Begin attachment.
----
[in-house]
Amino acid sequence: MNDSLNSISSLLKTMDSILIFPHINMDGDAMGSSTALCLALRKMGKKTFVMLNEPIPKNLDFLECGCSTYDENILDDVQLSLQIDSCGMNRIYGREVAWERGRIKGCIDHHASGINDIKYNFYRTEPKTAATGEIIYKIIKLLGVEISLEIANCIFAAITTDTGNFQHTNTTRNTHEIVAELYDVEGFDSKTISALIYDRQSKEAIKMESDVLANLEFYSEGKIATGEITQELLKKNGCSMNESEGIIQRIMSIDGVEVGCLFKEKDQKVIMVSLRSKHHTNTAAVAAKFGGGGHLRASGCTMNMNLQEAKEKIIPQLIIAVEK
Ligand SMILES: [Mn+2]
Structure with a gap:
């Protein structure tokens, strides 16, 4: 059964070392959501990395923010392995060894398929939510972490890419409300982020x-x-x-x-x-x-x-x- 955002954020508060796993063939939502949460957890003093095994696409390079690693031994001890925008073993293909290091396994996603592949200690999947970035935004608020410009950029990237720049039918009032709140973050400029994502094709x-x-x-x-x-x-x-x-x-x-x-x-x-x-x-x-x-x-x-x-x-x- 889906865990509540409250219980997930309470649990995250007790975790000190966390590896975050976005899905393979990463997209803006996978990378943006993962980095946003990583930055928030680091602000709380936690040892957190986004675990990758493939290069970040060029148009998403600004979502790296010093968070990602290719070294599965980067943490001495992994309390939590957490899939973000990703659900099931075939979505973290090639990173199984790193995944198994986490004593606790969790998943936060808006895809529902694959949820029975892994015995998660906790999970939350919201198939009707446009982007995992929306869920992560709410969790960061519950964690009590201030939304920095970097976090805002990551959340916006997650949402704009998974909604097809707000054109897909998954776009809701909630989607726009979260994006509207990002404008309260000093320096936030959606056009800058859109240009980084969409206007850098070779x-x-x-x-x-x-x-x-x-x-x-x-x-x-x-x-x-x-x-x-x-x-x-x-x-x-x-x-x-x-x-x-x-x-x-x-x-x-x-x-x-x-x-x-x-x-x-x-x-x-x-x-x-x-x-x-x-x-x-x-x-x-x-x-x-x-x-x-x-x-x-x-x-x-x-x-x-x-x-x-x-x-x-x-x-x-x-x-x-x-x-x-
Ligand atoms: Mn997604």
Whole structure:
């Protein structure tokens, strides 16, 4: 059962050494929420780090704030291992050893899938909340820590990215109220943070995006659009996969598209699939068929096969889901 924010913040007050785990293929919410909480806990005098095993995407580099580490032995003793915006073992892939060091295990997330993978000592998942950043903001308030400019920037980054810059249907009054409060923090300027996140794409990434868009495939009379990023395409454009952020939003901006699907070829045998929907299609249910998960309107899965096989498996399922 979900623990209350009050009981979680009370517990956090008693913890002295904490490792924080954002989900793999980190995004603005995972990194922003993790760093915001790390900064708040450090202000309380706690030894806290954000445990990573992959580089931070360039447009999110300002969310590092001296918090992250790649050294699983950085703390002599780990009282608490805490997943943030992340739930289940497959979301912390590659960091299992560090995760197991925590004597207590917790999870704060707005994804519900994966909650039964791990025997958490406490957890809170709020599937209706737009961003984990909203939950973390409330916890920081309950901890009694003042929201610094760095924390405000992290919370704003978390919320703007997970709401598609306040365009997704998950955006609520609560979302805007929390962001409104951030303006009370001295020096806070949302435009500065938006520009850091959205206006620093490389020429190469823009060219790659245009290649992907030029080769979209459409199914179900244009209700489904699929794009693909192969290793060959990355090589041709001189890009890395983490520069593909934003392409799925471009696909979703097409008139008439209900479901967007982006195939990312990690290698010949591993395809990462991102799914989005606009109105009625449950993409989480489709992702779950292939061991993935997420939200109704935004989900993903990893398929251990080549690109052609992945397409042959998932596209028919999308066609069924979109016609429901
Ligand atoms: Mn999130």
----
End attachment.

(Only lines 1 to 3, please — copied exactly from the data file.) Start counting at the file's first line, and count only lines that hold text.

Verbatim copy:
[in-house]
Amino acid sequence: MNDSLNSISSLLKTMDSILIFPHINMDGDAMGSSTALCLALRKMGKKTFVMLNEPIPKNLDFLECGCSTYDENILDDVQLSLQIDSCGMNRIYGREVAWERGRIKGCIDHHASGINDIKYNFYRTEPKTAATGEIIYKIIKLLGVEISLEIANCIFAAITTDTGNFQHTNTTRNTHEIVAELYDVEGFDSKTISALIYDRQSKEAIKMESDVLANLEFYSEGKIATGEITQELLKKNGCSMNESEGIIQRIMSIDGVEVGCLFKEKDQKVIMVSLRSKHHTNTAAVAAKFGGGGHLRASGCTMNMNLQEAKEKIIPQLIIAVEK
Ligand SMILES: [Mn+2]